Sudan Capital City, About Khartoum Tourism and Travel
(Sudan, SD, North-East Africa)
Khartoum is one of the most modern cities in this central part of Africa. Its skyline is a mix of old and new, with high-rise buildings housing the sort of modern facilities you would expect of larger cities. As well as being the capital of Sudan and the centre of Sudanese government, Khartoum is also a busy economic and commercial city.
Above all, the city is dominated by the White Nile and Blue Nile rivers, which come together here. Both of these rivers play a huge role in the way that the city's residents live and work.
The city of Khartoum was first settled in the early 19th century under the leadership of Ibrahim Pasha of Egypt. By 1830, it had become the capital of Egypt's Sudanese possessions.
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Perhaps the best known incident in Khartoum's history began in March 1884. The Siege of Khartoum laid by the Mahdi and his followers put the British-ruled Egyptian garrison under huge pressure. Despite a lack of British military aid, General Gordon refused to retreat. He was eventually captured and his fellow defenders were slaughtered. By January 1995, the siege was over. The Mahdi established his capital in nearby Omdurman.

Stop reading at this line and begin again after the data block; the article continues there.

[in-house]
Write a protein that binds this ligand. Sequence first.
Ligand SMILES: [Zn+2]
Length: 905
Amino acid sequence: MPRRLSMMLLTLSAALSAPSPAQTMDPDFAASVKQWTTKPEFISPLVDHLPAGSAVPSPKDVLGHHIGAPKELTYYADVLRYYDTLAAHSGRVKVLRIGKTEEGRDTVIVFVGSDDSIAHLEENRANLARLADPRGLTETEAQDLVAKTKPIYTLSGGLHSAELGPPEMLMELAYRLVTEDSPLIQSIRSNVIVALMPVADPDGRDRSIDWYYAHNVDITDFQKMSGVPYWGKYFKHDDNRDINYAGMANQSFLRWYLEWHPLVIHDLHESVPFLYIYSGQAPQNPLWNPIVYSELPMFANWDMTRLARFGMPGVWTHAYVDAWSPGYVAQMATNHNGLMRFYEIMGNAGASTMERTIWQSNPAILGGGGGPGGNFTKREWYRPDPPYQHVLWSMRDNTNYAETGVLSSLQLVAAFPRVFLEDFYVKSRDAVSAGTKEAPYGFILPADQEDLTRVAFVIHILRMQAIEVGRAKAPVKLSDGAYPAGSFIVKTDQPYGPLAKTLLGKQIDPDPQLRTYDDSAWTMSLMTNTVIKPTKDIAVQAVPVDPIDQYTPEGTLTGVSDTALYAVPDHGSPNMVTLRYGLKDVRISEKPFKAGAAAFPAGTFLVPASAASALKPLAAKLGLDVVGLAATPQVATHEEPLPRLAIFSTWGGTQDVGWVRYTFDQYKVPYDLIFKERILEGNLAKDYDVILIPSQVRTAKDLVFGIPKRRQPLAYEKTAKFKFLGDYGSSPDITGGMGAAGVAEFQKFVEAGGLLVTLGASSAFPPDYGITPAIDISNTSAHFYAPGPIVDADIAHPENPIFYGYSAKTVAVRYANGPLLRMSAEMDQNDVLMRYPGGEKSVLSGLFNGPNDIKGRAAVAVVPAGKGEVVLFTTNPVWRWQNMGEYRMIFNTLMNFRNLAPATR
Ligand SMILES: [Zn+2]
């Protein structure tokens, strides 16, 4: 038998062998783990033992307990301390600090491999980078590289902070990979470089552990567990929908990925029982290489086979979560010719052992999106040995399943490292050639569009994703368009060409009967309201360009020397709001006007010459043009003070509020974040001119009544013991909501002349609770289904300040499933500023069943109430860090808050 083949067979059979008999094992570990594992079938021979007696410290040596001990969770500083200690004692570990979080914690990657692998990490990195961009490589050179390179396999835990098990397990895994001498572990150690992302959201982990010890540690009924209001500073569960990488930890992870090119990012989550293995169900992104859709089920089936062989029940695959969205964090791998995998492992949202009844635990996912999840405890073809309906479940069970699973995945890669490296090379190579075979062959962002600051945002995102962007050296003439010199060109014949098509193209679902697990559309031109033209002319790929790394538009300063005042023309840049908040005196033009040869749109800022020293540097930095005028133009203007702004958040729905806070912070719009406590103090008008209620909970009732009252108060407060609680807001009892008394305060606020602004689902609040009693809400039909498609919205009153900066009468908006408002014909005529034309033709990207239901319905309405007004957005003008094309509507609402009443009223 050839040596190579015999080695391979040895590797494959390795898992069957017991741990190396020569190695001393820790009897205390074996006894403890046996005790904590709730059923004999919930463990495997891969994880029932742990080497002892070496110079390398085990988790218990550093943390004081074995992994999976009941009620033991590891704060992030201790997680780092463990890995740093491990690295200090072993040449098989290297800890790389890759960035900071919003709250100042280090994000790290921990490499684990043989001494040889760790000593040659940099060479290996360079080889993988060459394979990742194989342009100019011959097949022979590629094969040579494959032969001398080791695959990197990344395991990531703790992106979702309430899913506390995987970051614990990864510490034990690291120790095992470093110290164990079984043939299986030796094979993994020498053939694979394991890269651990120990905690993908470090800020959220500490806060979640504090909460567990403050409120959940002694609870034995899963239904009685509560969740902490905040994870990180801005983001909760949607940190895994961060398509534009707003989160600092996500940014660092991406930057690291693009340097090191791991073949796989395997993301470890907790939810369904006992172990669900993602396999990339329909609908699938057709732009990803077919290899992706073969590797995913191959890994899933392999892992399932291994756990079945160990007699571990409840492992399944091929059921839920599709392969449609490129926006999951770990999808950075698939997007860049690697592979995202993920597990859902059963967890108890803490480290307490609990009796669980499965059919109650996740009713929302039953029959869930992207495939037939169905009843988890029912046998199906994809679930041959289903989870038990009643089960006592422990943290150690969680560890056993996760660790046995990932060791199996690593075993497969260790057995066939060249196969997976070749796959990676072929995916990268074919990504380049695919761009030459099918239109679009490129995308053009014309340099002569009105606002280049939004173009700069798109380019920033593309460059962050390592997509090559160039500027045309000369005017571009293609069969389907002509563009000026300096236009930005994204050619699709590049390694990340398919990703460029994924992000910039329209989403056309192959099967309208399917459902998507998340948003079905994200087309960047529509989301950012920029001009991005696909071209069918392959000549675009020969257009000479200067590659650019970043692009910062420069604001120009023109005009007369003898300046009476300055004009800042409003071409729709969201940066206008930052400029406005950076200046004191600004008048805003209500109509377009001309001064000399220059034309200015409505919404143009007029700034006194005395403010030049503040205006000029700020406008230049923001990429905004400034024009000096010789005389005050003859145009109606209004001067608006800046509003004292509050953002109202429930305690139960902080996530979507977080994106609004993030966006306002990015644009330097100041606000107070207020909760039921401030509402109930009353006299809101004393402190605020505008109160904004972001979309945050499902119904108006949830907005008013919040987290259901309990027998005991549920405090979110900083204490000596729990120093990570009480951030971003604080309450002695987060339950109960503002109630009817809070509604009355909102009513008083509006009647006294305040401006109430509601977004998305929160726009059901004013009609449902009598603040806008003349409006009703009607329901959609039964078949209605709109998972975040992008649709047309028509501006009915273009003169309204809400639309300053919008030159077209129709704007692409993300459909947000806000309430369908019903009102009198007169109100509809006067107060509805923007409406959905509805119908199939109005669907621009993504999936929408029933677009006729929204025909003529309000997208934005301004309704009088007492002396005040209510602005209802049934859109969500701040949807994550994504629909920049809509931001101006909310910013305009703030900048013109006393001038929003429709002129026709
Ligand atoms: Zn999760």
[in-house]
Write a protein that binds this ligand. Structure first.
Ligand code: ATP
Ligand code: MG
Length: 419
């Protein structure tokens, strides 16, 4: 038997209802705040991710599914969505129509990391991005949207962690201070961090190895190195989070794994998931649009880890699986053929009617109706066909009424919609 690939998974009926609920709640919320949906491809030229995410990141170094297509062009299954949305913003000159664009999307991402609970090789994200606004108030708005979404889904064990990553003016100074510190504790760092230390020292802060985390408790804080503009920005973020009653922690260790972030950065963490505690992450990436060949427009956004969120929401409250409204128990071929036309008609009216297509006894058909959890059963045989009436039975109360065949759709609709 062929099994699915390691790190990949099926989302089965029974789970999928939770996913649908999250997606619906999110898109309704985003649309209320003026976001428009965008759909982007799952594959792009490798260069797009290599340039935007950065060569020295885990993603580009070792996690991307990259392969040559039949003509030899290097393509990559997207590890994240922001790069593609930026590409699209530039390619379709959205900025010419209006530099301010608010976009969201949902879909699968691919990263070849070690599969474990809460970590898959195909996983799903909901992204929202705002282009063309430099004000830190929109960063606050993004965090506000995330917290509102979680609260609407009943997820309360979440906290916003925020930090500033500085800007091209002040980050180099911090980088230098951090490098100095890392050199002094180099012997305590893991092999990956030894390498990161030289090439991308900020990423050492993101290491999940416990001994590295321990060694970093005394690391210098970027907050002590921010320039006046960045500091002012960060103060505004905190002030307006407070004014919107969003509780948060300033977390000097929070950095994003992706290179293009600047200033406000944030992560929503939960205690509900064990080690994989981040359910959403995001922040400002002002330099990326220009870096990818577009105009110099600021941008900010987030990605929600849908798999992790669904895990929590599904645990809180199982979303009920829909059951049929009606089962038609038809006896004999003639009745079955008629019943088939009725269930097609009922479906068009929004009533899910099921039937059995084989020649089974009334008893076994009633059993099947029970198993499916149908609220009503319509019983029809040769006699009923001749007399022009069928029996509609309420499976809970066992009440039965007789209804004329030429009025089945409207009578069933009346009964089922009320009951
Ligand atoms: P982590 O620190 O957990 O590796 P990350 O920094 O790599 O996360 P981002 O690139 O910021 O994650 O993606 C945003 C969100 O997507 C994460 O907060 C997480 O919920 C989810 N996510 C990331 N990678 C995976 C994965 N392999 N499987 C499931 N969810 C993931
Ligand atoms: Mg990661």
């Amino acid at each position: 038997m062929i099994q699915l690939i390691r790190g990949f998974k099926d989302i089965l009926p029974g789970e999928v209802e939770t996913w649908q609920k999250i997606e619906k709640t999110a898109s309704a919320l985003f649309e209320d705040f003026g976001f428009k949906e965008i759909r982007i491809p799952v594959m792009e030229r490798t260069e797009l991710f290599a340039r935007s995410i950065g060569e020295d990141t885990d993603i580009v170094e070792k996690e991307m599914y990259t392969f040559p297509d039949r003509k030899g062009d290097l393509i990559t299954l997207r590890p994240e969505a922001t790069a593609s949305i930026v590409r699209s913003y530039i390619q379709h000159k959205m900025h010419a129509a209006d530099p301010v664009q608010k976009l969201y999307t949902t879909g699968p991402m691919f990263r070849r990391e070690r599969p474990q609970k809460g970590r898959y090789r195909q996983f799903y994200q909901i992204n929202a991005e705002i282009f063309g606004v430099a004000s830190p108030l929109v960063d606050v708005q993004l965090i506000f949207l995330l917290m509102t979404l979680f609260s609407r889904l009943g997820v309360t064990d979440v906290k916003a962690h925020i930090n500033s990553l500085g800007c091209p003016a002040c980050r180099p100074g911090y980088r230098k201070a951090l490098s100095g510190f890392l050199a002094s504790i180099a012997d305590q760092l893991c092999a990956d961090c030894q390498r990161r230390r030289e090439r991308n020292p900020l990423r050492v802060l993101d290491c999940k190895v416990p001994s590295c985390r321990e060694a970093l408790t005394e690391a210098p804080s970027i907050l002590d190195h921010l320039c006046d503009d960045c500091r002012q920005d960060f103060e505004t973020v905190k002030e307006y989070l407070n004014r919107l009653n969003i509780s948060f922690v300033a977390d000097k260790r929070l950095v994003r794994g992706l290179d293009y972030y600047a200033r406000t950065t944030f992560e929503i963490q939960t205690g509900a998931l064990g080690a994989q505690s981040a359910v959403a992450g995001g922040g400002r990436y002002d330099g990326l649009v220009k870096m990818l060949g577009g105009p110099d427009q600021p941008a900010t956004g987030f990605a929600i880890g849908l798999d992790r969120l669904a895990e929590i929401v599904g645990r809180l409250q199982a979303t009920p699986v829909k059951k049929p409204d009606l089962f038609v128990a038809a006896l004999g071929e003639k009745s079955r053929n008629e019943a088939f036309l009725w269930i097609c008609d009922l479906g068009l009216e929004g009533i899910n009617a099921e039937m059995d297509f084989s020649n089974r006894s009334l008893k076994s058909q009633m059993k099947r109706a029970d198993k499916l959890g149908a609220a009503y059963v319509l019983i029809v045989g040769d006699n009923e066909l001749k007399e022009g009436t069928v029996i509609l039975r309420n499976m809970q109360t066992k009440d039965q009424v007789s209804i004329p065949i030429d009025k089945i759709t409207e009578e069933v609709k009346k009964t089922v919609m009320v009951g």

In 1898, Lord Kitchener became Governor-General of Khartoum. A year later, the city was to become the capital of an Anglo-Egyptian Sudan. This was the start of a period of development for the city, with Kitchener leading the rebuilding work. The railway came to town, followed by newspaper offices, a military academy and a cathedral.
In 1956, Khartoum became the capital of the independent republic of Sudan. In the decades that followed, it became home for many refugees who fled to Sudan from neighbouring countries, including Ethiopia and Eritrea.
Khartoum's cityscape is clearly defined by the rivers that flow through it. The Nile, Blue Nile and White Nile neatly divide the city into its three main districts. At the centre is Khartoum, which lies between the White Nile and the Blue Nile, and is the oldest part of the city. Khartoum North (also known as Bahri), which lies to the east and north of the confluence of these two rivers, is a mix of industry and residential. To the west, across a metal suspension bridge, is Omdurman.
The Omdurman district of Khartoum has a distinctly Middle Eastern feel, thanks to its narrow streets and markets. Its best-known thoroughfare is Nile Street, which is home to several colonial buildings, embassies, the Presidential Palace and the National Museum.